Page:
The fall foliage is spectacular, of course. Leaf Peepers have been flocking to Vermont for ages to see the hues of color thrown across the rolling mountains like crocheted blankets. There is a vibrancy that is energizing. Walking and hiking through the colored forests is a feast for the eyes and the spirit.

The wonderland that comes from winter – when the trees are dripping with snows and the landscape is white – is quiet and majestic. It fills me with awe and reverence; there is something holy about it. I become entranced by the ice formations that stretch from the eaves, and the swirling, snowy winds. Skiing or playing in the snow is athletic and exciting. And being cozy in front of a fire, winter is meditative and ripe for contemplation and relaxing deeply.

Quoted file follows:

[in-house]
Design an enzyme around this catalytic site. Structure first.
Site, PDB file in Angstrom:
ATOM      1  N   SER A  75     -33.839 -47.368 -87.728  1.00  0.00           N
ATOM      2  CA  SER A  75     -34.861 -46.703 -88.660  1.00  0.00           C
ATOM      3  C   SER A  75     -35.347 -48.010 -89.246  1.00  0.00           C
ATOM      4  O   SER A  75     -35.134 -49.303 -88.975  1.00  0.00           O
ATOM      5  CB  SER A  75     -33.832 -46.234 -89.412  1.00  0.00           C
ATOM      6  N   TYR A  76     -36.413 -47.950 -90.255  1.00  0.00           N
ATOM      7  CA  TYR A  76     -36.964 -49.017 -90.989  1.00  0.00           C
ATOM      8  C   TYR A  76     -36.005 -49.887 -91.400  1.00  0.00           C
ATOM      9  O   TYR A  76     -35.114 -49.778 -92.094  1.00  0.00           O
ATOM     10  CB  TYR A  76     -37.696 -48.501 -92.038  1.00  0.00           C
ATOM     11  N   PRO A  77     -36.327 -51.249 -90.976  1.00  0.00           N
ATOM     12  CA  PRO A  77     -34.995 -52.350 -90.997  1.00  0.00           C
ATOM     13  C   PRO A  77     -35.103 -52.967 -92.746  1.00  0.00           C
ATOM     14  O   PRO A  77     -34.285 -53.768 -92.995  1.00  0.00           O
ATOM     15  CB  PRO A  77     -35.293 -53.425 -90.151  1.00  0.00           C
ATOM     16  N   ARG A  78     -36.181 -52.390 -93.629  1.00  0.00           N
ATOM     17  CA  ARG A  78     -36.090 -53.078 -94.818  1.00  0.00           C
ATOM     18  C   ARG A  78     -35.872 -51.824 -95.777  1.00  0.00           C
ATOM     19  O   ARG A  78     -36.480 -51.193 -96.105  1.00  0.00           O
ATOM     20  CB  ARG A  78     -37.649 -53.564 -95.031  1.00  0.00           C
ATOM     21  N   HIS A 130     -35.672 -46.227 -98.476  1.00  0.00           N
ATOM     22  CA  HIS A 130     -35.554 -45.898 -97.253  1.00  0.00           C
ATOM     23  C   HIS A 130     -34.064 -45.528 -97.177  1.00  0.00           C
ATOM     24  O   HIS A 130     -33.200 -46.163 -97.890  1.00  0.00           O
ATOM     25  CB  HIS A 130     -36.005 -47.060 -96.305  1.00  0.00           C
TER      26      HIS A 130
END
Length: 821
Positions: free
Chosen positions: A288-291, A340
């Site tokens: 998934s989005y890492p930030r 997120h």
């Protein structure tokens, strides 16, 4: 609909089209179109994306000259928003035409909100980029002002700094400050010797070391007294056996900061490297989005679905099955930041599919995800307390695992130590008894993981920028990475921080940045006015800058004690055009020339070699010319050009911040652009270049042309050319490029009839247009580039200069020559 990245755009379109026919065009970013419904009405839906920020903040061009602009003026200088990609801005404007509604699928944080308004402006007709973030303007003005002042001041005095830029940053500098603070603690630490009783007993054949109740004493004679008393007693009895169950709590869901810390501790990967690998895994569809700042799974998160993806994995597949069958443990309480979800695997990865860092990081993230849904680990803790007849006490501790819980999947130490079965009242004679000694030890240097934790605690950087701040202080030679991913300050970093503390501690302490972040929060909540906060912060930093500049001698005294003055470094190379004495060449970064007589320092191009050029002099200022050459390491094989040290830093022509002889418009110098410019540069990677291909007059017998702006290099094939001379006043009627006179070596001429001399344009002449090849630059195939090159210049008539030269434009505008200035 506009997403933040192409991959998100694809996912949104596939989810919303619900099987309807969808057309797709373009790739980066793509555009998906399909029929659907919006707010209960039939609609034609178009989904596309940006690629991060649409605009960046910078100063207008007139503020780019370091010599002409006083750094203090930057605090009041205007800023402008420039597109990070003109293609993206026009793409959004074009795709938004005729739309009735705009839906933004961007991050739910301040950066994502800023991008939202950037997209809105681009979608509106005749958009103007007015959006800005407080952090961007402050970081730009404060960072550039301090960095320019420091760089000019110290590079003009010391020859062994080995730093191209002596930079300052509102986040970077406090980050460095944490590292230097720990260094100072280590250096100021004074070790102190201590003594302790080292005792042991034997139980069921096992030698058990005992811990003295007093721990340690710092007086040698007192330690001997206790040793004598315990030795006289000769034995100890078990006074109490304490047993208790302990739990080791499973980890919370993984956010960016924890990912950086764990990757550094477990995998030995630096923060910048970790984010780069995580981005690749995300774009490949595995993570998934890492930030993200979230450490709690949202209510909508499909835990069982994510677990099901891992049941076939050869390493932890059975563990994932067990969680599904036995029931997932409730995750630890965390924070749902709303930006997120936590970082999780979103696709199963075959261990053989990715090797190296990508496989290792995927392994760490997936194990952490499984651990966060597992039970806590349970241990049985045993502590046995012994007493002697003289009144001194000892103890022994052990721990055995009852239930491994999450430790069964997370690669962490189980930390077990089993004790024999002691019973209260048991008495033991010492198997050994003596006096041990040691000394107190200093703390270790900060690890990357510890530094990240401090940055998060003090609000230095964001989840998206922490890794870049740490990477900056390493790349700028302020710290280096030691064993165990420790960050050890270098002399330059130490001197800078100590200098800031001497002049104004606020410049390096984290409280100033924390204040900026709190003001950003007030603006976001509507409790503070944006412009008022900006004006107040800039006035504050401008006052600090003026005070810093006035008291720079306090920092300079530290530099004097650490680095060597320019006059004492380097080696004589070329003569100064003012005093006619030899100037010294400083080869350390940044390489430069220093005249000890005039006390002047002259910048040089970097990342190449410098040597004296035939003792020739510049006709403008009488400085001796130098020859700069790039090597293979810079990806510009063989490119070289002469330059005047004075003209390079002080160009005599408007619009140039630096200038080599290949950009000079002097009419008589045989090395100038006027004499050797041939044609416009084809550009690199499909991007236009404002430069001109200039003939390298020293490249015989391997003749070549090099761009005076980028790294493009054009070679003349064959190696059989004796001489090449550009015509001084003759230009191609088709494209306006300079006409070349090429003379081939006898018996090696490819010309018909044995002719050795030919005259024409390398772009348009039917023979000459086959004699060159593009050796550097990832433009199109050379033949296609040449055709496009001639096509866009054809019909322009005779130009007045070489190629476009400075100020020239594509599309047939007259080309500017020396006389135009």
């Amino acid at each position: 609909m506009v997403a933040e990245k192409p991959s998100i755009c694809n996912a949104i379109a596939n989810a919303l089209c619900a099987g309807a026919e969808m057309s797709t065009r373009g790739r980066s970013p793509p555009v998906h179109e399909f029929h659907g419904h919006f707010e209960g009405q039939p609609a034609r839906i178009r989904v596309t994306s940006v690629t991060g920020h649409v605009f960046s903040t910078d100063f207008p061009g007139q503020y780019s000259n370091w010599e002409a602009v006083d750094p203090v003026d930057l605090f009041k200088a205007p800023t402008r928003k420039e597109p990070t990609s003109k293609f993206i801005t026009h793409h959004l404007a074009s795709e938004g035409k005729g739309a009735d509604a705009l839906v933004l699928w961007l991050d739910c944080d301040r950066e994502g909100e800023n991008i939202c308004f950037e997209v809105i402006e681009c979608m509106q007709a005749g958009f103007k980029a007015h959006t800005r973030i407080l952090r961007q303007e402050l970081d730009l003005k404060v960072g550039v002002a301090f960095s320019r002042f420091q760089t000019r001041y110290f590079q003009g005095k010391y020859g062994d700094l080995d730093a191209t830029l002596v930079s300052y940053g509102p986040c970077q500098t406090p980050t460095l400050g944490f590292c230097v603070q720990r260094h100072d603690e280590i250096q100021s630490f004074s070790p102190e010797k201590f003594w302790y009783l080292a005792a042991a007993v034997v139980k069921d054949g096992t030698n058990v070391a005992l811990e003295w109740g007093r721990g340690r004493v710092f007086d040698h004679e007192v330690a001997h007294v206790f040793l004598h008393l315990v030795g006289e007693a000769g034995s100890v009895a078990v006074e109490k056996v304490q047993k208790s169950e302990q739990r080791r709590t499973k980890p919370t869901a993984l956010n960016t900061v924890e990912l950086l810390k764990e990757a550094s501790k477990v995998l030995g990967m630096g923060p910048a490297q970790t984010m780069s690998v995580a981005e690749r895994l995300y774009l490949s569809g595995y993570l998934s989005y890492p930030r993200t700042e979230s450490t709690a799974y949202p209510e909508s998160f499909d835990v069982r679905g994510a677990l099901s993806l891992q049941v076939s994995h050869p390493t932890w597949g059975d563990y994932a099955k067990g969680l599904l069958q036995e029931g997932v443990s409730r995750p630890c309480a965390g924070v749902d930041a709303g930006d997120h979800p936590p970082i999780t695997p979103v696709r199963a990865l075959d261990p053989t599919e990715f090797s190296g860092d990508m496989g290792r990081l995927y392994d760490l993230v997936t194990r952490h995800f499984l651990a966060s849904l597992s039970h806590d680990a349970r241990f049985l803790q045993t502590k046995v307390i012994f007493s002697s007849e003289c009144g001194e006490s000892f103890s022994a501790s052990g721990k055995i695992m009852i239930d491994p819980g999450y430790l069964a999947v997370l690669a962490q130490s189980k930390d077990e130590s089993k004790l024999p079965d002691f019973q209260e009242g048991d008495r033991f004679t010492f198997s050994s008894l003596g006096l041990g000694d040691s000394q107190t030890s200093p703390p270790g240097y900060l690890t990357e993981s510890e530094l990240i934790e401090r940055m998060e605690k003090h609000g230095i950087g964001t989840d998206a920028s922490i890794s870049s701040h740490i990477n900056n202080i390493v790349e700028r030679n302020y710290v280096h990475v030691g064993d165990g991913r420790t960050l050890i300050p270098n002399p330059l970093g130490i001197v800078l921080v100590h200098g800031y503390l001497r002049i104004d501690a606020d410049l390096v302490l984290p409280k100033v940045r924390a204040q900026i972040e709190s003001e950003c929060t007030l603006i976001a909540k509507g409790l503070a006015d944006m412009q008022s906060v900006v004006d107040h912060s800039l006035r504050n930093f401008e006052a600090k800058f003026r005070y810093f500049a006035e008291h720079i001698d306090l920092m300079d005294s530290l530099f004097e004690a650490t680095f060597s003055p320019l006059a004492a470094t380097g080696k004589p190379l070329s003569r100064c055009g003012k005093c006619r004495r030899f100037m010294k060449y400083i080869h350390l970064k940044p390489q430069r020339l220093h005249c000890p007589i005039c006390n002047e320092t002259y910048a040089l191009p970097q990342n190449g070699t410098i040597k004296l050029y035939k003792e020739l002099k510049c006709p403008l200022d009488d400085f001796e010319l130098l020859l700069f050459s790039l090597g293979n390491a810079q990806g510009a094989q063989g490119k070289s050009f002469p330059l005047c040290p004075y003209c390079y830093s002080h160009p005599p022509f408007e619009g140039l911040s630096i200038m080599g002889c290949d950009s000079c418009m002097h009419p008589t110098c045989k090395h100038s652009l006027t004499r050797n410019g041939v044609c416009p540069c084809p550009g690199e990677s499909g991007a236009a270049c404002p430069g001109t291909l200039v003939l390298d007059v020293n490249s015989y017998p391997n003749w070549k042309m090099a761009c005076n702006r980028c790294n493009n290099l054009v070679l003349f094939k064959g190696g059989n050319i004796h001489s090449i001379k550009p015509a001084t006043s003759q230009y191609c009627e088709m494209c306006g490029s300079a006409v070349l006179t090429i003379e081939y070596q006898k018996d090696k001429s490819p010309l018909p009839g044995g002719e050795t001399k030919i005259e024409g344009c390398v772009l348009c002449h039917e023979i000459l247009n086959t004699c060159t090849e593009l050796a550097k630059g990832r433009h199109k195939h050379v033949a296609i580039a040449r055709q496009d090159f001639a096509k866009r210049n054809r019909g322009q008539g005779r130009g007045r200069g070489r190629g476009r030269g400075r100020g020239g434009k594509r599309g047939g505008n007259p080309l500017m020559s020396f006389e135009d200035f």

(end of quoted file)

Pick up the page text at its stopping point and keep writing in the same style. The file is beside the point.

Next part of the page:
Spring feels like the whole state is mating: Mother Nature is gearing up for a green and pregnant spring and summer. I love the smell of manure for some reason — it takes me back to times spent out in the Texas farmland country near where I grew up. That smell abounds in spring in Vermont, along with the incredible perfume of budding flowers. There is so much promise in spring and summer. Hope and lightness. Everything feels possible.

The traditional four seasons in Vermont are legendary and I love them. But it is the other two that have taught me the most.

We discovered Mud Season one year: some call it the fifth season. At the time, we’d never heard of it. It is the transition between winter and spring when the dirt roads become mucky from thawing snows. It is amazing in its own ways. To me, it feels like the whole state is waking up. It is mucky and messy, a reminder to me that all growth is messy.